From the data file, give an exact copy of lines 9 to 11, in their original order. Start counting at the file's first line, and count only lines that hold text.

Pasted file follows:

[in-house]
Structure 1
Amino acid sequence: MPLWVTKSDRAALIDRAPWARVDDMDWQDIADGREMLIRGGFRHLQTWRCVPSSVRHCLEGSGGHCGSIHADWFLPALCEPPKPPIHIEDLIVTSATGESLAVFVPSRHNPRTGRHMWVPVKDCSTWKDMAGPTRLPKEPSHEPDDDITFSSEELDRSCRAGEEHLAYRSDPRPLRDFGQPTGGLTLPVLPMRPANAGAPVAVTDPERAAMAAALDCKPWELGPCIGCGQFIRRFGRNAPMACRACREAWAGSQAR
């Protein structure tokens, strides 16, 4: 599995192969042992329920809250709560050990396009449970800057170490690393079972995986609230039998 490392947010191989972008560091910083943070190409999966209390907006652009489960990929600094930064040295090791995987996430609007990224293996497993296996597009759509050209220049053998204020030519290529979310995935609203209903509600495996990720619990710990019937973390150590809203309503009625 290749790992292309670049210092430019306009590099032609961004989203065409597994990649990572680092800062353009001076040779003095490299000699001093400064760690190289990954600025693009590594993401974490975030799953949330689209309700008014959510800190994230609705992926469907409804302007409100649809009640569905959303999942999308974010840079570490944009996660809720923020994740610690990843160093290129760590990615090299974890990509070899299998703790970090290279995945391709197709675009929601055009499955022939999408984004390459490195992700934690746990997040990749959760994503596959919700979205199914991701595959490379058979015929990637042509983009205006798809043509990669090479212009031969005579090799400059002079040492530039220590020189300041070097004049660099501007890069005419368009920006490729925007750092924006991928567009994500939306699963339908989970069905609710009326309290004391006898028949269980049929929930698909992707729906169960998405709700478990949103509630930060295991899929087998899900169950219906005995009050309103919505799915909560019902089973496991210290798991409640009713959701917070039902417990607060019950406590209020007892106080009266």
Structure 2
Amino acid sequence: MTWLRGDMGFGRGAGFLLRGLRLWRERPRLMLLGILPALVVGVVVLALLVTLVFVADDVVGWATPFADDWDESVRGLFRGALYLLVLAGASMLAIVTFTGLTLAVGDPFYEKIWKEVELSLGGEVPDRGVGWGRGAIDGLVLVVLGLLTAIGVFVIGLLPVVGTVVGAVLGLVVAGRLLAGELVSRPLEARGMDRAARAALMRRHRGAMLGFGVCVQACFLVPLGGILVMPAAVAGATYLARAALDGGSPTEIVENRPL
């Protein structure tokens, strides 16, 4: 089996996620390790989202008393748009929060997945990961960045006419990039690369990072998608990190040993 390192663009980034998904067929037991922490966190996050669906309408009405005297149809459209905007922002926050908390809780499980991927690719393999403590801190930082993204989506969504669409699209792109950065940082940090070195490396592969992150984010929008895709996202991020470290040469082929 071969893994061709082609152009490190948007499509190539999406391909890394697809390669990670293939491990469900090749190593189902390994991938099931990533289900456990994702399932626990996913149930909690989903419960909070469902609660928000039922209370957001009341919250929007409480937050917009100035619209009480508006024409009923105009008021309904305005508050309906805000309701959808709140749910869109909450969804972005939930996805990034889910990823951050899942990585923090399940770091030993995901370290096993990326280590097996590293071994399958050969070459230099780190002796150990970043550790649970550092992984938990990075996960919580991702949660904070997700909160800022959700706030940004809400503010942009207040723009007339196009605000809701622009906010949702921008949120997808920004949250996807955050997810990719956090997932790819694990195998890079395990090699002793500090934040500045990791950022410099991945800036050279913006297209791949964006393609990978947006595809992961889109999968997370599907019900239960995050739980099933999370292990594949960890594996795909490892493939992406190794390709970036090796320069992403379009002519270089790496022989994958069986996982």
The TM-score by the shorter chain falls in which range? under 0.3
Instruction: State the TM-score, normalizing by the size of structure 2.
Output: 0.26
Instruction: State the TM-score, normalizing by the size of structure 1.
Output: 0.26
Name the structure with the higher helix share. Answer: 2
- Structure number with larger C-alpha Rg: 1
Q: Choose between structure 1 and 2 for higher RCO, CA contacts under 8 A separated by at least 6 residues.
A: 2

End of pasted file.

Instruction: State the TM-score, normalizing by the size of structure 2.
Output: 0.26
Instruction: State the TM-score, normalizing by the size of structure 1.